‘Bitch Ass’ Gives Horror An Iconic New Villain [Panic Fest Review 2022]

Bitch Ass is poised to be the next big slasher killer.

Bitch ass killer

Bill Posley’s feature film debut Bitch Ass aims to create the next great slasher icon. Posley is poised to create a new cult franchise featuring a sadistic Black villain with a complex backstory and rather cruel methods of torture for his victims reminiscent of early torture porn films like Saw. It’s nasty, it’s fun, and it establishes Posley as a fresh and exciting voice in the genre.

The film begins with a gang initiation where new members are told to break into the house of Cecil (​​Tunde Laleye), the neighborhood recluse. Little do they know Cecil is out for revenge and transforms into Bitch Ass, a puzzle-loving serial killer who slaughters slowly and cruelly. But, these aren’t mindless killings. They’re purposeful and thought out, not the work of a killer on a rampage. He’s methodical like Jigsaw. 

Flashbacks show how young Cecil (​​Jarvis Denman Jr.) was bullied as a kid and abused by his mother. He was ridiculed by everyone except for one young woman, Marisa. But even their friendship couldn’t save Cecil. Now, his high school bullies run a local gang, and Marisa (Me’lisa Sellers) is mother to Q (Teon Kelley), a teenager secretly joining the gang to raise money for college. Cecil is getting his revenge on those who made his life living hell. Posley makes sure to never fully endorse Cecil’s violence. Instead, he creates a complicated figure who is vaguely empathetic if only to create a more nuanced horror monster.

Also Read: ‘Bitch Ass’ Director Bill Posley Discusses Crafting His Iconic Black Killer [Watch]

Bitch Ass’s costume design is simple yet effective. According to Tony Todd in the film’s introduction, Bitch Ass is “the first Black serial killer to don a mask,” putting him in the league of those like Michael Myers of Halloween or Ghostface of Scream. But his mask is even more simple, half a black mask covering the top of his face. Think Phantom of the Opera but with a little more coverage. He wears a simple suit and yet that simplicity is key to creating this unsettling feeling of menace.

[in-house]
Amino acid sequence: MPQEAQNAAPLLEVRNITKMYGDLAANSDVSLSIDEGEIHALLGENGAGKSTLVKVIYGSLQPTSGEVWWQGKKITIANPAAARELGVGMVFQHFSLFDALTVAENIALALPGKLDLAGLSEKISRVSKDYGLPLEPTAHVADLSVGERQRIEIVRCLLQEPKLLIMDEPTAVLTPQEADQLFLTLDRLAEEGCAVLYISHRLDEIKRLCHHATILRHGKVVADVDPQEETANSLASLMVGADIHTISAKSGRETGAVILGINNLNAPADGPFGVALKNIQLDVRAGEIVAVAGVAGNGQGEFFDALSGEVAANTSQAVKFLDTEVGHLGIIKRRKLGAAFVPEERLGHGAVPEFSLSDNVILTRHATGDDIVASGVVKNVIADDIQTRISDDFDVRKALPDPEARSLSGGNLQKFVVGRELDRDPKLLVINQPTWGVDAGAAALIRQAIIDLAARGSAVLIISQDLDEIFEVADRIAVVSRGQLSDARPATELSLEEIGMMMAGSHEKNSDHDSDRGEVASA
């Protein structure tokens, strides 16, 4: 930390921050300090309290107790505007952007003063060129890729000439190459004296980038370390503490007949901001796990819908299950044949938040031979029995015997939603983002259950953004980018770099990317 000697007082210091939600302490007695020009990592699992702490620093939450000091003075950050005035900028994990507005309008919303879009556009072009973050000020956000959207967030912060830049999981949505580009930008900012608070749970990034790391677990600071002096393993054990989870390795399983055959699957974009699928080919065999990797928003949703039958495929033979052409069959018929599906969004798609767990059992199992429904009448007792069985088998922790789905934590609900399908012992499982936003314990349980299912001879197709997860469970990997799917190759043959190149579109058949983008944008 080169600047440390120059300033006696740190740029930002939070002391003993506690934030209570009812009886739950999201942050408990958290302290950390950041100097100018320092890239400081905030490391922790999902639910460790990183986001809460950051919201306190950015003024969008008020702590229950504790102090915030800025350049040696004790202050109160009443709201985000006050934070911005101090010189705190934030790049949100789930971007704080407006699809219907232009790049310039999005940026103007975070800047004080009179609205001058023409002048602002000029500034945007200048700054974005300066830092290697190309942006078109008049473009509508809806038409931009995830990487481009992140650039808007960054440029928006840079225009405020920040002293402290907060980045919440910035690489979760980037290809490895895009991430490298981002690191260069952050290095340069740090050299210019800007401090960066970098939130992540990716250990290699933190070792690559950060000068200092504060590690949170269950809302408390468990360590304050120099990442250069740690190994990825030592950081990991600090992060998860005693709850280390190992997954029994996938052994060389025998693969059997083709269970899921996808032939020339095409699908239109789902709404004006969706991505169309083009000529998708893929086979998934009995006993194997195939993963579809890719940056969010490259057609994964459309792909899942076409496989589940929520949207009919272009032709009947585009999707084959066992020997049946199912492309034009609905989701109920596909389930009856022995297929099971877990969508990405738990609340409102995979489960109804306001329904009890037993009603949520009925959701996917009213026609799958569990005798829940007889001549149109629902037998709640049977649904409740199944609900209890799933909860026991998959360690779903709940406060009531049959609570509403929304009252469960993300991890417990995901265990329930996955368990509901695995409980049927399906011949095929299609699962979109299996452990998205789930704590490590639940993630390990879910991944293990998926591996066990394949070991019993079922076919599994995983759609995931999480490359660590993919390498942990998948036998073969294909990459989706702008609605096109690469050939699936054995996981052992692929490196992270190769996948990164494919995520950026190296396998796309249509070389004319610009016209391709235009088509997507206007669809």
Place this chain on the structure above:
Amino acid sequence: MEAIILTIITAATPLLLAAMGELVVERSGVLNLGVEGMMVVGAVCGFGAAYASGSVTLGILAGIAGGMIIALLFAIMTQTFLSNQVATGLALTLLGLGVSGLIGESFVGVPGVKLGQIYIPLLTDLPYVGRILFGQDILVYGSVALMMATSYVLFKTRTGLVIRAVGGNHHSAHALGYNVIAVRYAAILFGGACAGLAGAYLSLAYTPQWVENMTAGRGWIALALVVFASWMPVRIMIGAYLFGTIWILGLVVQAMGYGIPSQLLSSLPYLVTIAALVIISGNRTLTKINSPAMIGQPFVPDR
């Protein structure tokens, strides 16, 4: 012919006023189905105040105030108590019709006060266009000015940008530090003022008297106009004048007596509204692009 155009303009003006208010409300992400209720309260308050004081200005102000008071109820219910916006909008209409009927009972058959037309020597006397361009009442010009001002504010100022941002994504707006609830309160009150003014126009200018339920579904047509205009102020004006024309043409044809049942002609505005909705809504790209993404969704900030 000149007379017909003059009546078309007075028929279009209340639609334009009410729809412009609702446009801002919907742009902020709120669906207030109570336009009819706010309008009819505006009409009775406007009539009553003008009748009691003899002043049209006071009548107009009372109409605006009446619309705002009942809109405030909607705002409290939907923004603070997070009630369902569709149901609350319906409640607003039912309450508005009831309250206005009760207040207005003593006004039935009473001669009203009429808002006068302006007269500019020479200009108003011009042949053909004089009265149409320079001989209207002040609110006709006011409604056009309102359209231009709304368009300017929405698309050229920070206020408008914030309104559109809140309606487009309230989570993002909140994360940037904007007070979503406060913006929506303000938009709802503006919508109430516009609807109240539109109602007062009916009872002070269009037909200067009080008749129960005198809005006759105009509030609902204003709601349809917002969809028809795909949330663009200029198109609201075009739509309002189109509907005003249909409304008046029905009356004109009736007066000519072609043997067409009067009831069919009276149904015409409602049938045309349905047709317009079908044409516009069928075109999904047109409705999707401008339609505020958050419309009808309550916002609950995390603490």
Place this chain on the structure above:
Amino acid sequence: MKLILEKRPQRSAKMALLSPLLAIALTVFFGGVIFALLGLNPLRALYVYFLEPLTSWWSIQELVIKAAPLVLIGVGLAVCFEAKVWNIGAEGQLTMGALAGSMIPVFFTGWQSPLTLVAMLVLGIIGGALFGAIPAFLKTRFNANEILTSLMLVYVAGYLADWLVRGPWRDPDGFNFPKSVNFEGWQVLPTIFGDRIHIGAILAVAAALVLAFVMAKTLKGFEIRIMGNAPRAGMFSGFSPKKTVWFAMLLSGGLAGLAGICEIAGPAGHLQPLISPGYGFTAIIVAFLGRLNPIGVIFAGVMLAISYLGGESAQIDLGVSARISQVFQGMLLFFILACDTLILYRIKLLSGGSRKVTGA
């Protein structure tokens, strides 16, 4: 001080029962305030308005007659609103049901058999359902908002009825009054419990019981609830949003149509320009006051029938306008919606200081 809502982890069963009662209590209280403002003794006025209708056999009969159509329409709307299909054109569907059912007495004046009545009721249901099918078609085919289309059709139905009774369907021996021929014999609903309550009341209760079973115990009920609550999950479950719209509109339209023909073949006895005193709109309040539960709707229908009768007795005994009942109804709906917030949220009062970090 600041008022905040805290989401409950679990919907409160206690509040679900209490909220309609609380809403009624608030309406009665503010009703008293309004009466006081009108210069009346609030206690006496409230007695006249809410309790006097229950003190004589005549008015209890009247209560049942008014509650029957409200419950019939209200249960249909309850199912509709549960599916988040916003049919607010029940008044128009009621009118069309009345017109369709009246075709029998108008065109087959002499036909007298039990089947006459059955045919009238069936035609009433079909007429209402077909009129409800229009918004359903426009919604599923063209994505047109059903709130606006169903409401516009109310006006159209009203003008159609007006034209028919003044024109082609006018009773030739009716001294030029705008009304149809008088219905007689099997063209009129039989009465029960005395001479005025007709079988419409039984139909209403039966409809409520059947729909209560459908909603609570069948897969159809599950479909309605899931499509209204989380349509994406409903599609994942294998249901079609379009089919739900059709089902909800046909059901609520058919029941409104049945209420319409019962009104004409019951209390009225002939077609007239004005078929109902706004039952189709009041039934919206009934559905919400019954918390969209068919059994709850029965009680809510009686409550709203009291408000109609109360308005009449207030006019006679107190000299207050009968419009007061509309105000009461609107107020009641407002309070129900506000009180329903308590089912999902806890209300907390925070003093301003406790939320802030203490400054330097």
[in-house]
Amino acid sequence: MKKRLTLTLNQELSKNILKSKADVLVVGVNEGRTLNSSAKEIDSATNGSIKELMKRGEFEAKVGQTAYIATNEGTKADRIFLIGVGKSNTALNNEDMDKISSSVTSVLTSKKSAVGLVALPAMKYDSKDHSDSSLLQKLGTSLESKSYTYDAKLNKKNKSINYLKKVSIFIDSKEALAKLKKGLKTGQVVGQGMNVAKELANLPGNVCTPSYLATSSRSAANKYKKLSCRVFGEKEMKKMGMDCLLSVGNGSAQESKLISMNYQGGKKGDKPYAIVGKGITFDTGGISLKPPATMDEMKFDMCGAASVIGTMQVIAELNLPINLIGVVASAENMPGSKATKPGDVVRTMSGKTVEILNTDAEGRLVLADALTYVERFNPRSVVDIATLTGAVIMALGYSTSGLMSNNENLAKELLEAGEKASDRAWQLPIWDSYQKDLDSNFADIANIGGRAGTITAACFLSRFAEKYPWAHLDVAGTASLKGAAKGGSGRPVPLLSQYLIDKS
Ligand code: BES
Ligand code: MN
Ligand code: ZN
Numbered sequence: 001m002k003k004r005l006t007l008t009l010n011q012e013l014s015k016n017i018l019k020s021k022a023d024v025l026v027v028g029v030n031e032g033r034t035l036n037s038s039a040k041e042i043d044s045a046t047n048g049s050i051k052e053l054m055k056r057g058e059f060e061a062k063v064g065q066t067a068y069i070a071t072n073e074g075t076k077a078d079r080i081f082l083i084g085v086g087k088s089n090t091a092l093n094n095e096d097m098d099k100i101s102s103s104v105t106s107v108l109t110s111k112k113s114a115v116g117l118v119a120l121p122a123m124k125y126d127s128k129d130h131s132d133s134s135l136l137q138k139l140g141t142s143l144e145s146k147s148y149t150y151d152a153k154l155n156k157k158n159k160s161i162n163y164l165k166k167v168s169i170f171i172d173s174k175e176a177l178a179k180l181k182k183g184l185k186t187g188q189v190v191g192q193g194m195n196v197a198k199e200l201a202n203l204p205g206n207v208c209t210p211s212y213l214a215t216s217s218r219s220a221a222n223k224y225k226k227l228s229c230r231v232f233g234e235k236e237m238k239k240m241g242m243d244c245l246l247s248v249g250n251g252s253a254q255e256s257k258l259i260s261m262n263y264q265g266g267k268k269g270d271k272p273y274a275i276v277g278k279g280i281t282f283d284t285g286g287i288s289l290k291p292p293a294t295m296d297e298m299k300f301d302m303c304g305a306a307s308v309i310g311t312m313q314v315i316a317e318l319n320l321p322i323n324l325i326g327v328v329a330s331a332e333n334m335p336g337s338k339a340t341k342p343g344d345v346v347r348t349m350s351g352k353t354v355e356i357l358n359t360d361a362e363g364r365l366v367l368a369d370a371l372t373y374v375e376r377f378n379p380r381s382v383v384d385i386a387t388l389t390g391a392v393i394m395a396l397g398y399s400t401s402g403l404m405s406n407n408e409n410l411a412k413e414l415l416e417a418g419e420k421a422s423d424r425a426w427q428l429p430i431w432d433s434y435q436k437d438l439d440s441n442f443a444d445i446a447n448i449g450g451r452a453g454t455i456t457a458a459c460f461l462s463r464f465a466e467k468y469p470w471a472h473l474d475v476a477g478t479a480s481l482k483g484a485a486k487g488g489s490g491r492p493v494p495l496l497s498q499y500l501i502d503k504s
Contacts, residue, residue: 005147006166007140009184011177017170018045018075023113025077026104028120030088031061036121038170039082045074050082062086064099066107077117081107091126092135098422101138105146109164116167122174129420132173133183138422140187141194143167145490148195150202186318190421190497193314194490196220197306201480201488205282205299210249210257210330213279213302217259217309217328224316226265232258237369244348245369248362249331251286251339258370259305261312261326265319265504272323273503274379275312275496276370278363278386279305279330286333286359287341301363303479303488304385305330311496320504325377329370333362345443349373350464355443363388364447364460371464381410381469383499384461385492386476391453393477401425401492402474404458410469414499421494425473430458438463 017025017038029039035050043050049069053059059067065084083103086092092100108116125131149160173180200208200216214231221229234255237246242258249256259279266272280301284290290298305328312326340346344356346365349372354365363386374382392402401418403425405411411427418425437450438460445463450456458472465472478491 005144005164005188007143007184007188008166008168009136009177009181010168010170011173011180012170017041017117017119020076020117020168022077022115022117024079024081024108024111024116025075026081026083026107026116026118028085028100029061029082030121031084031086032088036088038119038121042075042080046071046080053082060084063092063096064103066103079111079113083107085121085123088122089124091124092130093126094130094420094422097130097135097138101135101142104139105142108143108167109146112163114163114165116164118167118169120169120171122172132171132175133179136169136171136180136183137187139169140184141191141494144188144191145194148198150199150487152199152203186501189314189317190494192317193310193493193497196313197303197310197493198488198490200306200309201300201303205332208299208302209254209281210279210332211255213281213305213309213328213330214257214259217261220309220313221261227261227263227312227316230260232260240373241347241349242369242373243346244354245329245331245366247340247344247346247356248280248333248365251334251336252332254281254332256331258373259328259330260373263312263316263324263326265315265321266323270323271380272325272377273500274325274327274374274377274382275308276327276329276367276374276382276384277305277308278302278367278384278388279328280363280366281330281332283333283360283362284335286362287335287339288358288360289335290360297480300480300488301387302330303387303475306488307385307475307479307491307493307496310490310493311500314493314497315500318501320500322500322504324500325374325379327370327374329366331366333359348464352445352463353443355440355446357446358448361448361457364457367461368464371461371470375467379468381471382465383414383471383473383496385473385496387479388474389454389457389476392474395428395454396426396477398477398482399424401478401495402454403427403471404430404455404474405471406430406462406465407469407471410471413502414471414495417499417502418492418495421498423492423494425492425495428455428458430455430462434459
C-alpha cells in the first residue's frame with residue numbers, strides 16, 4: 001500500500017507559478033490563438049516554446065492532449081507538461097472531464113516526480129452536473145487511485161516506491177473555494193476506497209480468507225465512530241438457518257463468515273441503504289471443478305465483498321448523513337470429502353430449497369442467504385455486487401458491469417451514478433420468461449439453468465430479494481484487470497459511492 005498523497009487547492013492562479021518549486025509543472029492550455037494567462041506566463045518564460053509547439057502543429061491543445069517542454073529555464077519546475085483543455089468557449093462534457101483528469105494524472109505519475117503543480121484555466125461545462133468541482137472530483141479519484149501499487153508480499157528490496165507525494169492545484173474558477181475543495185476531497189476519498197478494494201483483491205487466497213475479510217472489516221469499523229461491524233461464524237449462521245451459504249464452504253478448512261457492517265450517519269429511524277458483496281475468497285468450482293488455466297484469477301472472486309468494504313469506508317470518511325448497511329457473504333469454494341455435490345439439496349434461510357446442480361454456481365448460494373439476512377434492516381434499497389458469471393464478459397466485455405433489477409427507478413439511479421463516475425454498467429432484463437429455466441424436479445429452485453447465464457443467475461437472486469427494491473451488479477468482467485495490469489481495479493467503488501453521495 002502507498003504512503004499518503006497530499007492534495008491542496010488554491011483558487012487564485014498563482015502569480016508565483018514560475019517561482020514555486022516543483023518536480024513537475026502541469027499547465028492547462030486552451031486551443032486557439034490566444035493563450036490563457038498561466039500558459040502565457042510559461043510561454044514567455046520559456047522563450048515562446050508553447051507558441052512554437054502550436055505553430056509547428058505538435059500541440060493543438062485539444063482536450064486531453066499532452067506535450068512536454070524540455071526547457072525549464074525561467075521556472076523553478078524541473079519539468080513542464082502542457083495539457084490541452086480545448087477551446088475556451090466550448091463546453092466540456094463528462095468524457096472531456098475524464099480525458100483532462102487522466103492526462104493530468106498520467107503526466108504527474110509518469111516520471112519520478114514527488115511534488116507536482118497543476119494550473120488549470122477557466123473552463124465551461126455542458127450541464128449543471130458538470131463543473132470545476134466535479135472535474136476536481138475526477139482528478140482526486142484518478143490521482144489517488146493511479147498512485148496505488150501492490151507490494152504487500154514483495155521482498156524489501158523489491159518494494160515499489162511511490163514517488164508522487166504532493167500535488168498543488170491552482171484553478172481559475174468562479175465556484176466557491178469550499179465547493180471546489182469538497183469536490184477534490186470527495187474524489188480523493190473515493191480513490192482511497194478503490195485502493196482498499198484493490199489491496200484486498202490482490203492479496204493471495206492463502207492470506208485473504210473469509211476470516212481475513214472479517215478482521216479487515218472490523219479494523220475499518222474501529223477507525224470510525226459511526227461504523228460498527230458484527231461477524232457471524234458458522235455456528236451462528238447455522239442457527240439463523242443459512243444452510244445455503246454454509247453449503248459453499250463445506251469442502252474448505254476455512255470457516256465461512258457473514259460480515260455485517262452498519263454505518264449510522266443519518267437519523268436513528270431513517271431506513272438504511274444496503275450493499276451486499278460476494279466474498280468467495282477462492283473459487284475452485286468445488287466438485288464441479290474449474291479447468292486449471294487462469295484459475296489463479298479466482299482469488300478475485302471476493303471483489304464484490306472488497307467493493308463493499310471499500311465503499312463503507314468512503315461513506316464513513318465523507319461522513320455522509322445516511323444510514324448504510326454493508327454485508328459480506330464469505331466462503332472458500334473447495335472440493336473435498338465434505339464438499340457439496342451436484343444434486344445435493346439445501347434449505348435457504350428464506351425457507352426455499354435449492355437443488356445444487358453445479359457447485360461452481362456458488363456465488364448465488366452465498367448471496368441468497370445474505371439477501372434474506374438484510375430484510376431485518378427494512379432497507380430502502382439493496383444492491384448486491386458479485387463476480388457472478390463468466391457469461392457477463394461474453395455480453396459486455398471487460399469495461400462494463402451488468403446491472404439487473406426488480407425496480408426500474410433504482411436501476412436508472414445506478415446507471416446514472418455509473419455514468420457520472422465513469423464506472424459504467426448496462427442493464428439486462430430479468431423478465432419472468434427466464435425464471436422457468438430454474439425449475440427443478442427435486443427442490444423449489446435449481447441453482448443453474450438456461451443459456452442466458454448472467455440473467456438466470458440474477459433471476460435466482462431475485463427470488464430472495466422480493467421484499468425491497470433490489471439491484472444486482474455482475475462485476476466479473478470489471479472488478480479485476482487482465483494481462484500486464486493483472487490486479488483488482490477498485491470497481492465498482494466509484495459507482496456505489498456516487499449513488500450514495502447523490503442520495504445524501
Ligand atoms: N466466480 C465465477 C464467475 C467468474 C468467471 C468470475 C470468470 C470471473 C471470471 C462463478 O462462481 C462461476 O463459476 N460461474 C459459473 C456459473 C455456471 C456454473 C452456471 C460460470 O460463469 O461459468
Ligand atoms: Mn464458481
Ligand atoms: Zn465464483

Plus, his puzzle room is full of tortuous contraptions to put his victims through the most pain possible. They’re challenged to board games like Operation and Battleship but with a deadly twist. They pull no punches with the gore, though production value is uneven. Bitch Ass tries to hide its low budget, but in some of its more ambitious set pieces, the seams start to appear.

The budget for Bitch Ass also shows through weaker performances from some of the characters. While Laleye creates a creepy villain, his portrayal of Cecil’s pre-murder spree feels a bit forced. Many of the performances do. But that doesn’t prevent Posley from still creating a great group of characters to emulate horror classics like The People Under the Stairs and Tales From The Hood.

Bitch Ass has cult film potential with it pushing the limits of its budget to create something gross, darkly comedic, and just overall a good time. Heavy on the homage, Posley looks to the past to create something new yet comfortable, recognizable yet exciting. Hopefully, there’s more to come from Bitch Ass between Posley’s direction and Laleye’s menacing portrayal. Fingers crossed.

3.0

Summary

A low budget doesn’t stop Bill Posley from creating the next big slasher villain with complex motivations and disgusting methods of torture.

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